Working across both the UK and France – as well as wider Europe – we’re well-versed in the nuances of the continent’s planning regimes. But, when clients are looking to build in the UK, the permissions process can sometimes feel daunting, given the country’s unique approach to granting approvals.
We spoke to Adrian Brewin, co-founder of RBA, and John Hutchinson, director at RBA, to take a closer look at some of the major differences between regions.
One of the biggest challenges with theUK’s discretionary planning system is that it can create uncertainty for landowners and those wishing to develop. Our international clients, used to zonal planning systems, are often left frustrated by the complexity of the UK planning process – from the time taken to obtain permission, to the large number of resources and reports required from varied design disciplines.
Often, clients deem it necessary to obtain ’outline planning permission’ as a safeguard to land value and feasibility. This increases the overall planning process, sometimes doubling time taken. What’s more, the discretionary element of the plans-based analysis can lead to significant design changes throughout the planning process, with the interpretation of individual planning officers having a substantial input on the final design.
And, as a result, for smaller developments, the discretionary system may sometimes feel overly bureaucratical and unnecessarily lengthy while the added possibility of government level referrals, reviews and interventions can further lead to a lengthy and cumbersome process.
From a positive point of view, the UK planning system can arguably be deemed ‘dynamic’ in the way it allows for much greater flexibility than the zonal systems we see elsewhere. As such, it can quickly react to social and market changes, with sites viewed on an individual basis.
Some of our international ‘architect’ clients have previously noted that, whilst the design checks in place in the UK planning process create a slower and more complex process, it can ultimately lead to more measured and site-specific designs.
That begs the question, ‘will we ever see a hybrid approach to the UK planning system?’ Could the UK propose to have a greater number of areas covered by a zonal system, allowing development certainty, while those in more sensitive areas could be processed through a discretionary system?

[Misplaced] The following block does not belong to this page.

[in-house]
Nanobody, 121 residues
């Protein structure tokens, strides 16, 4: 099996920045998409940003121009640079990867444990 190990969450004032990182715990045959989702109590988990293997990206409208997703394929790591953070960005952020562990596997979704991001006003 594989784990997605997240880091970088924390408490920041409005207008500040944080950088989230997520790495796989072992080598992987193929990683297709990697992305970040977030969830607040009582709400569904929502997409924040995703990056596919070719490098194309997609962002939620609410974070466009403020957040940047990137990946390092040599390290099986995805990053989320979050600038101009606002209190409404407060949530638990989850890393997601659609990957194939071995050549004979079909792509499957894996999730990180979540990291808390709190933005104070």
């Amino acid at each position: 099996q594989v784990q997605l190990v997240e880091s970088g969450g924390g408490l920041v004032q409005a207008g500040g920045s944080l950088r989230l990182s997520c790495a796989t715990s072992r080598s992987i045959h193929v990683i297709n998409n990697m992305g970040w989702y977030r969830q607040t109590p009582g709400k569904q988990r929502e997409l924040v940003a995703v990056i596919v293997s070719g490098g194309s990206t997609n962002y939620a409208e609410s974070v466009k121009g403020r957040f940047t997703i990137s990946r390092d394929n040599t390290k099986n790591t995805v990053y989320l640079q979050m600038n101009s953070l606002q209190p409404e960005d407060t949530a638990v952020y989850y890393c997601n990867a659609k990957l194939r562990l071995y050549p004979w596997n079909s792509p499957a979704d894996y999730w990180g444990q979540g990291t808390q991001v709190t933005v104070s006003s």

If we compare the UK’s approach to that of France…
One could argue that the zonal system in France means that there is greater discussion and more input between architects, whereas in the UK planners don’t usually have an architectural background. Despite lots of poor examples, this could be seen as detrimental to progress.
Of course, there are good and bad examples in both systems, but ultimately, the aim should be to improve the built environment with development.
In France, the final decision lies with the mayor, who has the final say on whether to help or hinder development. As these are elected locally, it could be said that the hierarchy in France means politics are better managed – vs. having approval by committee, which can even disagree with the recommendations of the UK’s appointed planning officers.
Of course, both France and UK have their own local planning regulations, yet it could be argued that the UK’s feel a little more complicated – ironically as a result of trying to make them understandable for all.
The French government has imposed strict time limits on planning applications to try to help developers, and naturally, once you have experience in the system – as is the case here at RBA, with our offices in Paris and London – it becomes easier to understand.
If you’re looking to design, build, or obtain planning permission in Europe, contact us to see if we can help.